However, the bottom line in response to your attempt “to determine if visas are needed for any future travel to the UK” would be an emphatic YES but I have to understand the IOM/pet sit/visa situation first.

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You are visiting as a tourist. Don’t get caught up in the technicalities; the reason you’ve joined THS is to experience other places and localities. Your THS dues pay for your accommodations and were paid prior to entering another country.

That is both the truth and mindset you need while traveling abroad.


I was questioned in secondary at San Francisco entering from New Zealand… I said on my arrival info I was here for tourism (which I am, as well as doing some sits) but they’re extremely good at questioning, and I couldn’t outright lie - I don’t have the nerve haha… Eventually the border guard did let me in (on ESTA waiver) mostly because I proved that I had enough money for the 2.5 months I’m here. But the guard also warned me that house-sitting is considered working and I could be refused entry to the US if I try again. I think it’s partly luck on the border guard you get since it seems to still be a grey area at the moment. If I ever want to do another extended duration of US sitting… work visa?


It’s unlikely in the U.S. that anyone would be granted a work visa for sitting homes or pets. Why: Work visa screening usually requires a sponsor (employer) and a claim that the job can’t be filled by an American. No one would rationally think you can’t find an American who can do such work.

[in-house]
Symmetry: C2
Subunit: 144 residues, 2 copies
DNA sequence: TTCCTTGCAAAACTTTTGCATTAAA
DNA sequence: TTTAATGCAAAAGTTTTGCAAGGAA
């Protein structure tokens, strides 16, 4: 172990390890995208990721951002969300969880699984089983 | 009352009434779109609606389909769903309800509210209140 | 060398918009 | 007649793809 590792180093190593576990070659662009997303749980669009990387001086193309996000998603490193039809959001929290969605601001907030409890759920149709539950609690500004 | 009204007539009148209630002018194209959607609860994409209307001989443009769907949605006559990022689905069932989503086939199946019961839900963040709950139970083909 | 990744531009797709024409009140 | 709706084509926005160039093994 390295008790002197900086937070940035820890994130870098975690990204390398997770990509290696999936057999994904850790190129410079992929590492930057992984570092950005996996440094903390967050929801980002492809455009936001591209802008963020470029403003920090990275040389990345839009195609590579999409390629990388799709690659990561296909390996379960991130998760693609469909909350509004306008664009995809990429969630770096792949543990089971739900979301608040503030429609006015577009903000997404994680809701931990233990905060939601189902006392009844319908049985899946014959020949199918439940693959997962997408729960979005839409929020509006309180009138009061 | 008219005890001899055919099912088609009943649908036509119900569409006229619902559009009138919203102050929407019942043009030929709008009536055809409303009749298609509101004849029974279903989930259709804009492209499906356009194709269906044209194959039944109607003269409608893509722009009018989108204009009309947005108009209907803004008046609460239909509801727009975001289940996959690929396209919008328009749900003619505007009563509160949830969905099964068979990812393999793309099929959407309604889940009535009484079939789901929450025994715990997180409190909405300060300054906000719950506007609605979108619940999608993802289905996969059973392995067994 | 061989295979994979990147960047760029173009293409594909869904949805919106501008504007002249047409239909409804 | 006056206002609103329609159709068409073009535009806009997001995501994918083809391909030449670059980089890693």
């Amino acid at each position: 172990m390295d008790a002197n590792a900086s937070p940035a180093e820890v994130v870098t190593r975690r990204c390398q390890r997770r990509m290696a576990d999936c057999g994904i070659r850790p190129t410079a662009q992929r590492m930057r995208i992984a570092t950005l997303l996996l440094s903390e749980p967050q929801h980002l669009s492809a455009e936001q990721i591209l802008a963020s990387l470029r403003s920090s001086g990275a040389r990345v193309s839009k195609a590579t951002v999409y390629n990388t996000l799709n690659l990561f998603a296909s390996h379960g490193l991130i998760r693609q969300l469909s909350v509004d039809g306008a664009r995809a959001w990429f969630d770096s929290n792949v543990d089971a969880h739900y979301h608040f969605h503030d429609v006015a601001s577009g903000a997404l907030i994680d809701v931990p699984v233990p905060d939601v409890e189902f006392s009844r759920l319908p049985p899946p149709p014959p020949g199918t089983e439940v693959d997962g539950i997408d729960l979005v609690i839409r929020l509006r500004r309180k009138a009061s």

I’m not a lawyer, but I’ve hired/managed people who needed visa sponsorship and worked with a number of people who’ve had work visas. U.S. work visas are relatively hard to get.

Even in the case of some people who legitimately qualify for work visas, they often are stressed about changing jobs or losing them, because you can easily be sent back to your homeland if you can’t get someone to hire and sponsor you within a short window. That’s why you’ll see people on LinkedIn trying to help people with work visas get hired quickly when they’ve lost their jobs.

@Emily2509 There is no visa that would permit house/pet-sitting in the US. I’m an immigration lawyer and have done mostly employment-based immigration in my career. Most employment-based categories require a petitioning employer, and the visa is employer-specific.

In the case of almost all temporary (nonimmigrant) visa categories, it isn’t required to show that there isn’t an available US worker. This is a requirement for many permanent residence (green card) applications, but not the nonimmigrant categories.


@Lassie thanks for the info. I hadn’t really thought much about it but assumed if it counts as work, a work visa would be the way to go. So there’s no real way a non American can house sit in the US without risking being denied entry (apart from hiding the fact of being there to house sit from immigration)?